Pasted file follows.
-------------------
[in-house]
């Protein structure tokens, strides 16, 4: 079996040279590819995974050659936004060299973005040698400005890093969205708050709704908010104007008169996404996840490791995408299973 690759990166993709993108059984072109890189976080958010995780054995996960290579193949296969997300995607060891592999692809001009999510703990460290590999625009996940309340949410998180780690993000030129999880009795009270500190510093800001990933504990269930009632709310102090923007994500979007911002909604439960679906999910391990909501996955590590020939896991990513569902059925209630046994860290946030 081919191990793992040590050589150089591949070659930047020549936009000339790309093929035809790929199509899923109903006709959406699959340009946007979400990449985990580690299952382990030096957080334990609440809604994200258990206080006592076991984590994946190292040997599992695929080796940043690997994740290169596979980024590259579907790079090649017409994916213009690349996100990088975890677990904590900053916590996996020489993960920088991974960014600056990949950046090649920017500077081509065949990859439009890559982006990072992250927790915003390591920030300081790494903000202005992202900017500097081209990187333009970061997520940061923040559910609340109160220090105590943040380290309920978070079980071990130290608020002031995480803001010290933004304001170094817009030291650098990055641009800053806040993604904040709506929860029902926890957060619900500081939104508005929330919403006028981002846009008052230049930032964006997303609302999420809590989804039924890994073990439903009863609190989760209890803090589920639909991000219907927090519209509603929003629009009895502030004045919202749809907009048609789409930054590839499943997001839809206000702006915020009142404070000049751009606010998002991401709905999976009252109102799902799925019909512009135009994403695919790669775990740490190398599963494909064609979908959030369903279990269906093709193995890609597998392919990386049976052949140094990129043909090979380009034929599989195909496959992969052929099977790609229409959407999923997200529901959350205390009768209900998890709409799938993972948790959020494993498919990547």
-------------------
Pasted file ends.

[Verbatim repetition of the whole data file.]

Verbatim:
[in-house]
């Protein structure tokens, strides 16, 4: 079996040279590819995974050659936004060299973005040698400005890093969205708050709704908010104007008169996404996840490791995408299973 690759990166993709993108059984072109890189976080958010995780054995996960290579193949296969997300995607060891592999692809001009999510703990460290590999625009996940309340949410998180780690993000030129999880009795009270500190510093800001990933504990269930009632709310102090923007994500979007911002909604439960679906999910391990909501996955590590020939896991990513569902059925209630046994860290946030 081919191990793992040590050589150089591949070659930047020549936009000339790309093929035809790929199509899923109903006709959406699959340009946007979400990449985990580690299952382990030096957080334990609440809604994200258990206080006592076991984590994946190292040997599992695929080796940043690997994740290169596979980024590259579907790079090649017409994916213009690349996100990088975890677990904590900053916590996996020489993960920088991974960014600056990949950046090649920017500077081509065949990859439009890559982006990072992250927790915003390591920030300081790494903000202005992202900017500097081209990187333009970061997520940061923040559910609340109160220090105590943040380290309920978070079980071990130290608020002031995480803001010290933004304001170094817009030291650098990055641009800053806040993604904040709506929860029902926890957060619900500081939104508005929330919403006028981002846009008052230049930032964006997303609302999420809590989804039924890994073990439903009863609190989760209890803090589920639909991000219907927090519209509603929003629009009895502030004045919202749809907009048609789409930054590839499943997001839809206000702006915020009142404070000049751009606010998002991401709905999976009252109102799902799925019909512009135009994403695919790669775990740490190398599963494909064609979908959030369903279990269906093709193995890609597998392919990386049976052949140094990129043909090979380009034929599989195909496959992969052929099977790609229409959407999923997200529901959350205390009768209900998890709409799938993972948790959020494993498919990547």